One of the grandest festivals in Hindu mythology, celebrating the triumph of good over evil. The ten day long battle of power, autonomy and righteousness, culminating in the vanquishment of evil and restoration of goodness, is a tale often told and re-told in the Indian sub-continent with each region lending its own special twist to this eternal folk-lore.
The Northern, Western and the Southern parts of India celebrate it to commemorate the victory of Lord Rama, the seventh incarnation of Lord Vishnu on Planet Earth over Ravana- the demi-King, residing in Lanka, who was responsible for the abduction of the former’s wife,Sita. He was helped in this mission by his brother Lakshmana, and the Vaanar Sena, helmed by Sugriva and guarded by Hanumana, his eternal disciple. It is telling in its epic narrative that even Lord Rama had to bow his head before the female supreme power of Lord Durga and invoke her blessings before he could lay the final siege on Lanka and vanquish Ravana, whom even the staunchest foe considered to be one of the most learned persons who ever walked on this planet.
The nine day Navratri- symbolising the nine forms of the Goddess Durga, whom Rama invoked before setting off for the ultimate battle and the resulting joy and abandon on Dashamii/Dusshehra is a means to hold on to our lost traditions, rituals and customs. Navratri is celebrated with great fanfare, amidst zeal and enthusiasm and Garba dance is oneof the most well-identified dance form, associated with this period in Gujarat.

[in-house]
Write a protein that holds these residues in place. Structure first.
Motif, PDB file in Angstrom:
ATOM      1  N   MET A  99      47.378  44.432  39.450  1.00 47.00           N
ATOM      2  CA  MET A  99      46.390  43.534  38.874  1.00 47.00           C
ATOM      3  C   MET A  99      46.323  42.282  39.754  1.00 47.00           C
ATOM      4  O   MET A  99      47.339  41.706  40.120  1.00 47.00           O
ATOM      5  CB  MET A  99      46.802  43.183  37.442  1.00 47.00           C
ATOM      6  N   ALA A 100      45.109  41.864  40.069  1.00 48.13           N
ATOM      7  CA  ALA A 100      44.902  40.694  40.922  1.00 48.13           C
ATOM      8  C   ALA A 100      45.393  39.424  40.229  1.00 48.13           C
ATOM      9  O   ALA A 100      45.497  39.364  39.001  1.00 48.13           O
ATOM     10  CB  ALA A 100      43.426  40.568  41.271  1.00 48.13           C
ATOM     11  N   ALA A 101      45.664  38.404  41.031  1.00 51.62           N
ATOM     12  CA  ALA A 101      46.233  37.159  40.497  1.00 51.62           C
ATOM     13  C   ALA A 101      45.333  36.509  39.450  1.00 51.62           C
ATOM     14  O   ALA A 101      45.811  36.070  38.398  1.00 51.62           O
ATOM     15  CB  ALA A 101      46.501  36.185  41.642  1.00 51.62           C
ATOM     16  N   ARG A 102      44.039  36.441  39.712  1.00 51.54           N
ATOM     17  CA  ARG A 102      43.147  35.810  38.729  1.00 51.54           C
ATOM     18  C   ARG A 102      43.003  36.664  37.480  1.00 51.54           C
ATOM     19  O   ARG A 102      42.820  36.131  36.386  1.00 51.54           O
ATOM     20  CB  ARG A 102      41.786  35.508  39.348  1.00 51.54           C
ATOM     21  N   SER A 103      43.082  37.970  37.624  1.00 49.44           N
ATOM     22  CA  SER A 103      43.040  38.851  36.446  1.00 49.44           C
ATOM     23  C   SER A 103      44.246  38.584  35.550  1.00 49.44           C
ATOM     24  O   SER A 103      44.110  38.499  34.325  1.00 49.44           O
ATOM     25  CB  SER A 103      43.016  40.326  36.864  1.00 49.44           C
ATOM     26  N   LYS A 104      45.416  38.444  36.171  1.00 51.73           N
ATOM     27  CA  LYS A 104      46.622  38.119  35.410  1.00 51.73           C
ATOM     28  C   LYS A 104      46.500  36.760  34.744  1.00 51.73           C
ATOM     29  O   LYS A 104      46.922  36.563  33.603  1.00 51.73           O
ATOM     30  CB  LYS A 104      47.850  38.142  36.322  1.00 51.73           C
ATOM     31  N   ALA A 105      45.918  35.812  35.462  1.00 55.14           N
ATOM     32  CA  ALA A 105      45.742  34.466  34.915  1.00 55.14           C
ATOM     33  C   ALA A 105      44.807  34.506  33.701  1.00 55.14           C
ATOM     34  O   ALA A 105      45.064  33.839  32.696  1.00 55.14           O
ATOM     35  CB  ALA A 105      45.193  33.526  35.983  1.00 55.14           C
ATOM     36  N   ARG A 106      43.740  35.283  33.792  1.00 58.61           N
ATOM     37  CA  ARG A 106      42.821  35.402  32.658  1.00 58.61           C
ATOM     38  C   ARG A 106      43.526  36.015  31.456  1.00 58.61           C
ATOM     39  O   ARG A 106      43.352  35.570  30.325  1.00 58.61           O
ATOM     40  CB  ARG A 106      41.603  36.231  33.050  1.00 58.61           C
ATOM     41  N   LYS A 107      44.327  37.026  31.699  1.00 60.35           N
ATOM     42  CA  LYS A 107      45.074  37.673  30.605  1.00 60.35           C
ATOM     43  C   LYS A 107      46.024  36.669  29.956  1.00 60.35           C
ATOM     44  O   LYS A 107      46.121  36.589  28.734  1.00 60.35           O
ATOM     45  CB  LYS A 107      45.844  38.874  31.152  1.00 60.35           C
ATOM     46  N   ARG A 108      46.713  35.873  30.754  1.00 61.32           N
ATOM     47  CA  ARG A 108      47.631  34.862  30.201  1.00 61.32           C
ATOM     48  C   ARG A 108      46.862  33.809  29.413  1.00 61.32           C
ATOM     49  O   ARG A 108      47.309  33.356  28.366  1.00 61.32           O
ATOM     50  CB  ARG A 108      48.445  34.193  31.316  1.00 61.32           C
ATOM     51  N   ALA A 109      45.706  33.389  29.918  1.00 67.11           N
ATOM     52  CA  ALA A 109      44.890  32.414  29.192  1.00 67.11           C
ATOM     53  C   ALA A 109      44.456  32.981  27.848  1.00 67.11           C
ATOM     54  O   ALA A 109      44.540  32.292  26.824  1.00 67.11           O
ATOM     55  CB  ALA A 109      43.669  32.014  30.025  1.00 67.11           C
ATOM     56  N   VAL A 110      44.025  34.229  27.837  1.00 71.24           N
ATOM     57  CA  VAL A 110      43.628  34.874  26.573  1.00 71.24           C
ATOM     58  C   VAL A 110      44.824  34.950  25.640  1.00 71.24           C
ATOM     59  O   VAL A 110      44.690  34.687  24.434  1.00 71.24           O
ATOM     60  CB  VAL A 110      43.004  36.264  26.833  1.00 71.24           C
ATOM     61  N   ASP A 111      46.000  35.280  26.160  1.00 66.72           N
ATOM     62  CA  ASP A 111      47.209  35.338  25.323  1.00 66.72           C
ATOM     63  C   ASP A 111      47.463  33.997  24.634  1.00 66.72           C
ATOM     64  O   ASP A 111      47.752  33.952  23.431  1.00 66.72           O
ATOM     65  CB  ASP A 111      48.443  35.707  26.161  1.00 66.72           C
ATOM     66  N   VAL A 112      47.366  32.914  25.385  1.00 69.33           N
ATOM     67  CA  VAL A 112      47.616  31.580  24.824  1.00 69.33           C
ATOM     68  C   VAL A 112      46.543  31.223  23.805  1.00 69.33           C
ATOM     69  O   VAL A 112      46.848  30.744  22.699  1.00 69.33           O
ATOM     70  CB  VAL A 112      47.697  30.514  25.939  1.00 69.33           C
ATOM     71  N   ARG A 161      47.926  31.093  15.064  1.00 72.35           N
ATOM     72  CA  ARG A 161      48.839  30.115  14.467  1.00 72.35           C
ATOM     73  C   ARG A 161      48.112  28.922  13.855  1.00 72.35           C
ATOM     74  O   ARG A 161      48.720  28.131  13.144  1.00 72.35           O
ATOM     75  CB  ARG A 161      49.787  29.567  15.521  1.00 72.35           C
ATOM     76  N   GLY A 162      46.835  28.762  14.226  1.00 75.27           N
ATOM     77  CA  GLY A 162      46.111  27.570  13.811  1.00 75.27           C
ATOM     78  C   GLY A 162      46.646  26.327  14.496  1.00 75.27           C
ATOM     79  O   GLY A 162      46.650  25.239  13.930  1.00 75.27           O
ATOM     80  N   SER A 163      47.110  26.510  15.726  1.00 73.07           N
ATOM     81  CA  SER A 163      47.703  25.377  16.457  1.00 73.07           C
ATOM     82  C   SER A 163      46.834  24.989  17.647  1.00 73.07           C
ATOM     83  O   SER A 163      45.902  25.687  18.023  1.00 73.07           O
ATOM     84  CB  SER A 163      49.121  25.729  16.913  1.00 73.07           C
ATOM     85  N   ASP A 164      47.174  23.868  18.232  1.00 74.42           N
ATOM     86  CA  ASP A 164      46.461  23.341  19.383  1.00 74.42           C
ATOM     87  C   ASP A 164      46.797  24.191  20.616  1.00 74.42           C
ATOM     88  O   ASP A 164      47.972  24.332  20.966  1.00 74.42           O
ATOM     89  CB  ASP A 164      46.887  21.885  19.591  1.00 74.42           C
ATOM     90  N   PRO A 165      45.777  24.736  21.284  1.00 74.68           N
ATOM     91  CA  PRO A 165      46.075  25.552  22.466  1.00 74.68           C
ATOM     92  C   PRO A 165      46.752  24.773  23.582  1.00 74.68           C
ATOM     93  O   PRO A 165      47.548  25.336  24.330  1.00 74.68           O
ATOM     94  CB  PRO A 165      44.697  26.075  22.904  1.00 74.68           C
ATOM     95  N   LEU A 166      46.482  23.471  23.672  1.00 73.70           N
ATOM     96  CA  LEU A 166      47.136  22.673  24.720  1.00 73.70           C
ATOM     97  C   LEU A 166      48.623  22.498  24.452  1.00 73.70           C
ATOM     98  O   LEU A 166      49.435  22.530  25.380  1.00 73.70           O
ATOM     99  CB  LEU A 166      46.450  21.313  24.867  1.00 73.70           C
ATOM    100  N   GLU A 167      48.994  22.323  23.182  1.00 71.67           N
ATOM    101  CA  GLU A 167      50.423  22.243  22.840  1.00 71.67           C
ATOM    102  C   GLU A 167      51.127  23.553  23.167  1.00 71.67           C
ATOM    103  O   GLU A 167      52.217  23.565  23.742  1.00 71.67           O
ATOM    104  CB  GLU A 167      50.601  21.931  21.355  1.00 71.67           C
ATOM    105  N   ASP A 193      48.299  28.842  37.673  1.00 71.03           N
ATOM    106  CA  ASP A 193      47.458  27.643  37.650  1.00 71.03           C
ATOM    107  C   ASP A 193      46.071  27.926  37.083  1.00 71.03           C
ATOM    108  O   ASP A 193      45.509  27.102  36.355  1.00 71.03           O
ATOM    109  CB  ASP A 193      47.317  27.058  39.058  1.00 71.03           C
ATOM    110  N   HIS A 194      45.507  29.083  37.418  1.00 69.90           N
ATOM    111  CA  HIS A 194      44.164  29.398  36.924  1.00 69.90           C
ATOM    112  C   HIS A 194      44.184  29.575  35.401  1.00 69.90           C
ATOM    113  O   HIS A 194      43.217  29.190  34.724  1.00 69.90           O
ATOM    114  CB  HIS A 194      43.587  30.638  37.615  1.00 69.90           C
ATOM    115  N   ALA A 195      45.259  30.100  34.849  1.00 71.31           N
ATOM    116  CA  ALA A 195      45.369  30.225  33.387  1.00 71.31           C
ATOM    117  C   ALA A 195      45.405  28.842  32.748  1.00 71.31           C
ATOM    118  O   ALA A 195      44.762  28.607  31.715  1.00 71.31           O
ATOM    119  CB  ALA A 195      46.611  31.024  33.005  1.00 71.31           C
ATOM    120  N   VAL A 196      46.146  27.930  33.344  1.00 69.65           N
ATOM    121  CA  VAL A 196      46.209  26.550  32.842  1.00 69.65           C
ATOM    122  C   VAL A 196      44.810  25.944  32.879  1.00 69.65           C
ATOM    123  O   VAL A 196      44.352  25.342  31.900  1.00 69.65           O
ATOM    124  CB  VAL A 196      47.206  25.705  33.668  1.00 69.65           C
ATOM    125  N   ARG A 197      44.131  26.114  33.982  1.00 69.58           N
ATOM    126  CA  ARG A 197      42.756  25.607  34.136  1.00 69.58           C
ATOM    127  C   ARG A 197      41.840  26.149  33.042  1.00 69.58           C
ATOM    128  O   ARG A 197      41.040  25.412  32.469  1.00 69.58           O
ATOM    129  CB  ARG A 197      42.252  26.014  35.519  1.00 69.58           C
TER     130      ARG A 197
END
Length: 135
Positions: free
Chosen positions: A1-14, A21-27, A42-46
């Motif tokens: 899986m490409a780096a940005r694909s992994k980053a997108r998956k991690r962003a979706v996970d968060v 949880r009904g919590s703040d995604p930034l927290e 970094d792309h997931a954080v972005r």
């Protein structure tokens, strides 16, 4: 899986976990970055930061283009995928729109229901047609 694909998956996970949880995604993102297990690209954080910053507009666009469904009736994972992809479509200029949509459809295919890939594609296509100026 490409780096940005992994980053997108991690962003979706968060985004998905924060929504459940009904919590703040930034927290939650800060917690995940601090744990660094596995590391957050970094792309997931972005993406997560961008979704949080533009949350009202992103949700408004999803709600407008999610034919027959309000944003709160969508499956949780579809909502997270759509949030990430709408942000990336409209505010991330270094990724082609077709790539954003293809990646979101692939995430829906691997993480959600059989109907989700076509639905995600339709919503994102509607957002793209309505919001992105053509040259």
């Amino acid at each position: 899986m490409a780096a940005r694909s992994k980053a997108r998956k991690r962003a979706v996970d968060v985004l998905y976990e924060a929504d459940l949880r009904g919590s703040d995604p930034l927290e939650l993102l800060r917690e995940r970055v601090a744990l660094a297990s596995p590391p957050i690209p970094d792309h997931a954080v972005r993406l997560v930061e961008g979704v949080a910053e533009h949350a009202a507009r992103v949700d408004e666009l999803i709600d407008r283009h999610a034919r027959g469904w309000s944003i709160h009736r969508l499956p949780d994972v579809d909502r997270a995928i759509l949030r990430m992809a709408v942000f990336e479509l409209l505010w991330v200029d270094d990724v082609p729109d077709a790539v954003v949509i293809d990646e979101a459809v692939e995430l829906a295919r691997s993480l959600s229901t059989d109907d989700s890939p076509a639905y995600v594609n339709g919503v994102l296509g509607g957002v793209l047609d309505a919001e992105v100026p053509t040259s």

Rest of Northern, Western and Central Indiaobserve the 9 day fasting of Navratri in which this tale is glorified through Ram-Leela or street plays which ends only after the ritualistic Havana or offering to the fire on the 9th day, i.e. Navami. On the 10th day, grand effigies of Ravana, his brother Kumbhakaran and his son, Meghnath is burnt at the stake, reminding people that evil can never flourish, no matter how powerful and well-connected it may be.
The Eastern and North-Eastern countries, however commemorate this festival for the victory of Goddess Durga over the evil demon king Mahishasura, who was subsequently beheaded, armed as she was with ten hands to carry the ten weapons, gifted by the Gods and restore Dharma on this planet.
The State of West Bengal, lends its own special touch as they consider this auspicious period to be the one where their daughter, Durga, bundles her 4 kids Lakshmi, Saraswati, Ganesha and Kartikeya for her annual visit to her paternal home, to be pampered and indulged and finally bidden good-bye with tears in eyes, just like they would do so to their own daughters when she takes off for her marital abode.
Different States, different folklores behind it but the essence and the spirit, essentially remains the same. Victory of good over evil and establishment of Dharma / Righteousness on this planet. The festival is celebrated on the 10th day of Ashwin but the preparations are underfoot months before in keeping with the grandeur and the stature of the festival.